There seems to be a lot of unclearness about this dip which a few failing and success cases would fix. I'm not sure why not just add a few examples to make it more clear... Anyway, I think the dip has nothing to with any case other than the same variable appearing in the same statement. That is the extent of this DIPs scope, but it's quite unclear from the DIP. I think it basically asks: "is the same variable seen in a single statement as an argument to more than one ref parameter?" if they are constant then ok, if not then error. so: f(v, v.ptr) ; // the check applies a = v.ptr f(v, a); // the check doesn't apply
Jul 18
prev sibling next sibling parent reply Mike Franklin <slavo5150 yahoo.com> writes:
Consider this contrived example:

someLibrary.d
-------------
module someLibrary;

import core.stdc.stdlib;

int a;
int b;

ref int foo()  safe
{
     if ((rand() % 2) == 0)
     	return a;
     else
     	return b;
}

ref int bar()  safe
{
     if ((rand() % 4) == 0)
     	return a;
     else
     	return b;
}

main.d
------
import someLibrary;

void doSomething(scope ref int a, scope ref int b)  safe
{
     // whatever...
}

void main()  safe
{
     doSomething(foo(), bar());
}

How can the compiler statically determine whether `foo` and `bar` 
will return a reference to the same data?

It seems the language or type system must provide this guarantee, 
which would require a full-fledged ownership/borrowing system to 
accurately enforce what this DIP is proposing.
Jul 19
next sibling parent aliak <something something.com> writes:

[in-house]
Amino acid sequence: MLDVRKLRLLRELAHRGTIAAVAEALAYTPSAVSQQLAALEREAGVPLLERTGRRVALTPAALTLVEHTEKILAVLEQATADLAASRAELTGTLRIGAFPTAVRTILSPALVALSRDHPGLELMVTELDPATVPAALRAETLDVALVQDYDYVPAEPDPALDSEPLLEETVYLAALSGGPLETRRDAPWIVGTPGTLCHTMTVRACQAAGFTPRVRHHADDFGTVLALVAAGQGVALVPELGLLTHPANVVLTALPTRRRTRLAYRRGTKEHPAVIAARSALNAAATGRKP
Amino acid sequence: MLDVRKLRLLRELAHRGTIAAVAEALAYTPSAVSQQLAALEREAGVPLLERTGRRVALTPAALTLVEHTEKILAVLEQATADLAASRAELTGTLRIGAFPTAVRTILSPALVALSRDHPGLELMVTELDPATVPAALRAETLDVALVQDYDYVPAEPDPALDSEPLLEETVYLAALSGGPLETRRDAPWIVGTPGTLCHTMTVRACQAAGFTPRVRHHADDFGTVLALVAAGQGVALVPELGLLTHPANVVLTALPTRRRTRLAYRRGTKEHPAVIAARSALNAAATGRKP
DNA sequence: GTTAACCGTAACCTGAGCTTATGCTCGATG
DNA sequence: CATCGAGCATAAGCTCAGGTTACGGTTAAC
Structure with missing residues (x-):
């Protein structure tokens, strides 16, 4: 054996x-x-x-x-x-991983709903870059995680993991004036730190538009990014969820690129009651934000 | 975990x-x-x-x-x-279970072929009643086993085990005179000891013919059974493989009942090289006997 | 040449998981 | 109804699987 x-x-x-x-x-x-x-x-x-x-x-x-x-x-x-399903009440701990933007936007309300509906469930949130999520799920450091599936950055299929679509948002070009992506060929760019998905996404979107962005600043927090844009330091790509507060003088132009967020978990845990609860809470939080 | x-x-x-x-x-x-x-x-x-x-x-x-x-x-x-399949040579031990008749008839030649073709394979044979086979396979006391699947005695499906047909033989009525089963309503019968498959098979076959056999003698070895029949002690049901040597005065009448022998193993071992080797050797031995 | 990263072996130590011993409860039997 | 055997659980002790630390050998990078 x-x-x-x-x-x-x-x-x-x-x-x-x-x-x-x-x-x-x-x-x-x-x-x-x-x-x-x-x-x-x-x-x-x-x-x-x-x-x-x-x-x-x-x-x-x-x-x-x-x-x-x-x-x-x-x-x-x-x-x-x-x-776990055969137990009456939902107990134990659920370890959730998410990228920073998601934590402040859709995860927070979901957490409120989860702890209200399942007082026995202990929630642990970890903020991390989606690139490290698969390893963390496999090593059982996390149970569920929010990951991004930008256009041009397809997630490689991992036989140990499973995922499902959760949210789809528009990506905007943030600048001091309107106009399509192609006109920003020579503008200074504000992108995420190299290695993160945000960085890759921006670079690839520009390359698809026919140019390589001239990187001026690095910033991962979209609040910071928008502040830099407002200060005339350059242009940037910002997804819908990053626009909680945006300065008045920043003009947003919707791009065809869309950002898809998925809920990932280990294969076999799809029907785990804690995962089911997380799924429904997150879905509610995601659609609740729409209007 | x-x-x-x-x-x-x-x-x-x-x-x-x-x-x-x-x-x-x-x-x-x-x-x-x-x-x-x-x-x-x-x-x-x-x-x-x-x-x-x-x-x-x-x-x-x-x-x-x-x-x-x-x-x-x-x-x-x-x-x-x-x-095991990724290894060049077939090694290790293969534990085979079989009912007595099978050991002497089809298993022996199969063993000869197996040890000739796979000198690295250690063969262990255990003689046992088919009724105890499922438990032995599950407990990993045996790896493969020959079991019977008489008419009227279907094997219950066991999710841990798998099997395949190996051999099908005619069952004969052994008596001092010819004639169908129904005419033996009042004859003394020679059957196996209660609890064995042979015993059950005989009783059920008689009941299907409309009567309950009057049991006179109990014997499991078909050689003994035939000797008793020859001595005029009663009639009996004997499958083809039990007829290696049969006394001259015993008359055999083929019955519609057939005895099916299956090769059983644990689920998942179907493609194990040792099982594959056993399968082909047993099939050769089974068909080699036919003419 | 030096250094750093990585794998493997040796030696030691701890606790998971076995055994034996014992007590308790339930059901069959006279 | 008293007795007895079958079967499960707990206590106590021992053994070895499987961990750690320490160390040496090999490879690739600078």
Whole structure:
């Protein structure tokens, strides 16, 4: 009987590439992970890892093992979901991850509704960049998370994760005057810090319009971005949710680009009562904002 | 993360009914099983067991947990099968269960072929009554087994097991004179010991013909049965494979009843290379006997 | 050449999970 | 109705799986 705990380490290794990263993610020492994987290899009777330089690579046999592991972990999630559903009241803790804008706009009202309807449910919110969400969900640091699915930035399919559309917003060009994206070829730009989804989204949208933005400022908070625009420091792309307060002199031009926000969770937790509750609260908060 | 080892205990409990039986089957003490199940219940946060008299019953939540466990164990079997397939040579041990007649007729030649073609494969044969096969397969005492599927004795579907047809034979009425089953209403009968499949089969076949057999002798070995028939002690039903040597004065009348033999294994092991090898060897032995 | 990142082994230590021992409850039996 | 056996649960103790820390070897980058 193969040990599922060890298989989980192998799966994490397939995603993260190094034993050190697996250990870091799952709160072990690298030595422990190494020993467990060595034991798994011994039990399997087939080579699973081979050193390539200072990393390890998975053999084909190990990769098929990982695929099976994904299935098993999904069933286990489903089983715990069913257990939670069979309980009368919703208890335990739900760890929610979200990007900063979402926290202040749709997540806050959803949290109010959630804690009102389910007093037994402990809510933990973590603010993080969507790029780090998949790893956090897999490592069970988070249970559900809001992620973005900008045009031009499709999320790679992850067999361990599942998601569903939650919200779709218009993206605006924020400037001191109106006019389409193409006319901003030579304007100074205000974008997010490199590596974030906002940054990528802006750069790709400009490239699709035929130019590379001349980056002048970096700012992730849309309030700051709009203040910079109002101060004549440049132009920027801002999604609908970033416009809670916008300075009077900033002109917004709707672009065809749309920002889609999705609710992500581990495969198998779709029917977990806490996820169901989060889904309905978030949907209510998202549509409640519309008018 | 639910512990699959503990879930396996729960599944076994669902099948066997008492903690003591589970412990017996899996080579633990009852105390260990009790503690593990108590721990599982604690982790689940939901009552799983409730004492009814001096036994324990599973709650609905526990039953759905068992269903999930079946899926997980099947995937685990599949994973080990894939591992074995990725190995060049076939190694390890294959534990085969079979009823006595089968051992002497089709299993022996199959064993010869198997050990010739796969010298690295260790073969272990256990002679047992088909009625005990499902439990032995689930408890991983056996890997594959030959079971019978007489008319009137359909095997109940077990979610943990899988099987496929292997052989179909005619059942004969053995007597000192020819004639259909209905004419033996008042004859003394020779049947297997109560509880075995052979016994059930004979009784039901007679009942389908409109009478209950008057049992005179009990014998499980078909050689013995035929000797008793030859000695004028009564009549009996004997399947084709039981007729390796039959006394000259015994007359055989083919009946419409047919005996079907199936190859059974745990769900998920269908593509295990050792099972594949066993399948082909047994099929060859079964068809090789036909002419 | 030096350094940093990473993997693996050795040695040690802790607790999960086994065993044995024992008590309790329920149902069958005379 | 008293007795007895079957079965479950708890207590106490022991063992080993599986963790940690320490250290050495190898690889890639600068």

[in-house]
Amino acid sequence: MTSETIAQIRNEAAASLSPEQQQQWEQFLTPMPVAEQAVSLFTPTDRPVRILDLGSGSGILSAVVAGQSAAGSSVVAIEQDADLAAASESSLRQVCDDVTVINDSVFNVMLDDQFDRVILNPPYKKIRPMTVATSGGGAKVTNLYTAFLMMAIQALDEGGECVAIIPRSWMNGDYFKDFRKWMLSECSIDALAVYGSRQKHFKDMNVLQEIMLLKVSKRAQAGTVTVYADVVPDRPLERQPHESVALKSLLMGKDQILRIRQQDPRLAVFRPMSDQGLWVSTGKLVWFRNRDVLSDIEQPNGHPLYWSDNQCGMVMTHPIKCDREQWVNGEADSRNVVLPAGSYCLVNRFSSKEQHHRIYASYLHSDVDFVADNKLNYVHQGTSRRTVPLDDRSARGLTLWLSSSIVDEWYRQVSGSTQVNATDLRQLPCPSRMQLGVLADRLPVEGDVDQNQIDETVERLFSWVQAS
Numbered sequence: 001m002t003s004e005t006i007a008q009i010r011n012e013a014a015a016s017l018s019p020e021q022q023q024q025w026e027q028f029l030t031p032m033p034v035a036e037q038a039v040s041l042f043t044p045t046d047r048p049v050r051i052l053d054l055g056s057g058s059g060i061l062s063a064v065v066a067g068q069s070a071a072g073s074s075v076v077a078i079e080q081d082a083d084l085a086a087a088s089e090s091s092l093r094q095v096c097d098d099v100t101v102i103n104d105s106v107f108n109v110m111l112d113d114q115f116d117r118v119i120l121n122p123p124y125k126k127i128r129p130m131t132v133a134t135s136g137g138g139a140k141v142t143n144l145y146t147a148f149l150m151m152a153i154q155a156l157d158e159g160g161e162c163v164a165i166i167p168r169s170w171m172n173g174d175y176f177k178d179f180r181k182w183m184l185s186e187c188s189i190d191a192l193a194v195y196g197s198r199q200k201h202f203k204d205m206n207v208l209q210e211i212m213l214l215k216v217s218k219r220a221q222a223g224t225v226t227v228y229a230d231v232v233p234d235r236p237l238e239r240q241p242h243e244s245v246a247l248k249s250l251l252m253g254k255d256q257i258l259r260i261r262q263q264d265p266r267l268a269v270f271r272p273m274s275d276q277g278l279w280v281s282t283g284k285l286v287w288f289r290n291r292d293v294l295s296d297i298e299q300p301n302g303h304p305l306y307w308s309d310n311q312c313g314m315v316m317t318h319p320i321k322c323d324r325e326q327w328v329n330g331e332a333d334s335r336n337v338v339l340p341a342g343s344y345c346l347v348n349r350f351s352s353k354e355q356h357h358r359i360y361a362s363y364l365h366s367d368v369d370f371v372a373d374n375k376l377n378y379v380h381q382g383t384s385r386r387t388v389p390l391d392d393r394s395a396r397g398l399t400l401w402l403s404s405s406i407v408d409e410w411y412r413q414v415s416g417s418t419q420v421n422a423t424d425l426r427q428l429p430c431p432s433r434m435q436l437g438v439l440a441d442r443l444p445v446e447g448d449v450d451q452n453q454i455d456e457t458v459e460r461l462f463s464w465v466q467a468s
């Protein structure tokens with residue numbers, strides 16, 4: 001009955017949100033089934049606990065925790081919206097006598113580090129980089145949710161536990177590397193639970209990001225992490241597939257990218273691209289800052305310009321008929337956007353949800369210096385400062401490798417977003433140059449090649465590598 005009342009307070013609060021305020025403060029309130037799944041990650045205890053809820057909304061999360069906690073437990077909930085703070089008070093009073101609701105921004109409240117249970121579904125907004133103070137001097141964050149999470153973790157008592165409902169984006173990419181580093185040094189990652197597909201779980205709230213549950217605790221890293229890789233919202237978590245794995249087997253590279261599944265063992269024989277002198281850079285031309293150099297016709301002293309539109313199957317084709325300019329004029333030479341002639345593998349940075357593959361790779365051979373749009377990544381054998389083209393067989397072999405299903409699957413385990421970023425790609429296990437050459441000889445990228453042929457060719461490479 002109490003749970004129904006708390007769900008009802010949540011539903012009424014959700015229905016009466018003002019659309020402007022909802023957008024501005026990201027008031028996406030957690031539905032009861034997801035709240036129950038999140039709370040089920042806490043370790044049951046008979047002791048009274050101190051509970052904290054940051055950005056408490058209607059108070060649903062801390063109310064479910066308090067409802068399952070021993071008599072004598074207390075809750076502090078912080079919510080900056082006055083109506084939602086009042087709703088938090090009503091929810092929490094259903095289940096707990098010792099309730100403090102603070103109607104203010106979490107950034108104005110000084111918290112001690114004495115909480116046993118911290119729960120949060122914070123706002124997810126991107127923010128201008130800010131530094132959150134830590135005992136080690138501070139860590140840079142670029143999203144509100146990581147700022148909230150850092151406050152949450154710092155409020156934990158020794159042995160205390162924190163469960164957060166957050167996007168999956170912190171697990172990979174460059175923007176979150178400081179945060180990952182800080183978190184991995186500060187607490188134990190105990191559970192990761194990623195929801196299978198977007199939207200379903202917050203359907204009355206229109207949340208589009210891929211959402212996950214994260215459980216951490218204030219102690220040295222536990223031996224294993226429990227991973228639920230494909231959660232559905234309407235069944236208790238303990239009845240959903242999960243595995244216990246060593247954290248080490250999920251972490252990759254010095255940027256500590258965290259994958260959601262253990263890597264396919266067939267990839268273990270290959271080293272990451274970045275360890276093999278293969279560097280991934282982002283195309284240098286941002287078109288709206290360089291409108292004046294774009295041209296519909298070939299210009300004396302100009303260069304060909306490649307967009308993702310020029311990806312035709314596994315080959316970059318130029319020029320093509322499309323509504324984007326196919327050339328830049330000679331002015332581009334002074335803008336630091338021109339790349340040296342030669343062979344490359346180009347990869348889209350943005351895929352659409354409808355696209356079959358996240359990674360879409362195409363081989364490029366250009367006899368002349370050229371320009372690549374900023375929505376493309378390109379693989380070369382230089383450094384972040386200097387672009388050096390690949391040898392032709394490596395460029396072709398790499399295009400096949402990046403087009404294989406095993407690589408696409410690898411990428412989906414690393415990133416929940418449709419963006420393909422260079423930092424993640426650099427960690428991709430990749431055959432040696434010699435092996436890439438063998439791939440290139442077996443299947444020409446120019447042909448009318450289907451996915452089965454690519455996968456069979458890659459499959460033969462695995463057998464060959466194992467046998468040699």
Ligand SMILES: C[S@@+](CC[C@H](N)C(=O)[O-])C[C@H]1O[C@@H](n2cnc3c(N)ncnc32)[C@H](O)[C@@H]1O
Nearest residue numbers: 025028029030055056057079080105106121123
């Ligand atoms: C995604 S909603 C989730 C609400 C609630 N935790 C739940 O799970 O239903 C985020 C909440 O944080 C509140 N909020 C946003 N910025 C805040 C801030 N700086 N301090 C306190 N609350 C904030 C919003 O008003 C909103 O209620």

On Friday, 19 July 2019 at 08:32:13 UTC, Mike Franklin wrote:
 void main()  safe
 {
     doSomething(foo(), bar());
 }

 How can the compiler statically determine whether `foo` and 
 `bar` will return a reference to the same data?

 It seems the language or type system must provide this 
 guarantee, which would require a full-fledged 
 ownership/borrowing system to accurately enforce what this DIP 
 is proposing.
From what I understand it won't with this dip. foo and bar do not refer to the same "memory object"
Jul 19
prev sibling parent reply Walter Bright <newshound2 digitalmars.com> writes:
On 7/19/2019 1:32 AM, Mike Franklin wrote:
 How can the compiler statically determine whether `foo` and `bar` will return
a 
 reference to the same data?
It can't.
 It seems the language or type system must provide this guarantee, which would 
 require a full-fledged ownership/borrowing system to accurately enforce what 
 this DIP is proposing.
A full fledged one disallows accessing mutable global state, and now you know why :-) (Because the function signature does not tell the complete story when the function accesses mutable global state.)
Jul 21
parent reply Mike Franklin <slavo5150 yahoo.com> writes:
On Sunday, 21 July 2019 at 09:34:42 UTC, Walter Bright wrote:
 On 7/19/2019 1:32 AM, Mike Franklin wrote:
 How can the compiler statically determine whether `foo` and 
 `bar` will return a reference to the same data?
It can't.
 It seems the language or type system must provide this 
 guarantee, which would require a full-fledged 
 ownership/borrowing system to accurately enforce what this DIP 
 is proposing.
A full fledged one disallows accessing mutable global state, and now you know why :-)
But it's the same issue even without the global state: --- someLibrary.d module someLibrary; import core.stdc.stdlib; struct S { int a = 1; int b = 2; ref int foo() safe { if ((rand() % 2) == 0) return a; else return b; } ref int bar() safe { if ((rand() % 4) == 0) return a; else return b; } } --- main.d import someLibrary; void doSomething(scope ref int a, scope ref int b) safe { // whatever... } void main() safe { S s; for(int i = 0; i < 100; i++) doSomething(s.foo(), s.bar()); } I still don't see how the compiler can know statically whether or not `foo()` and `bar()` will return a reference to the same data.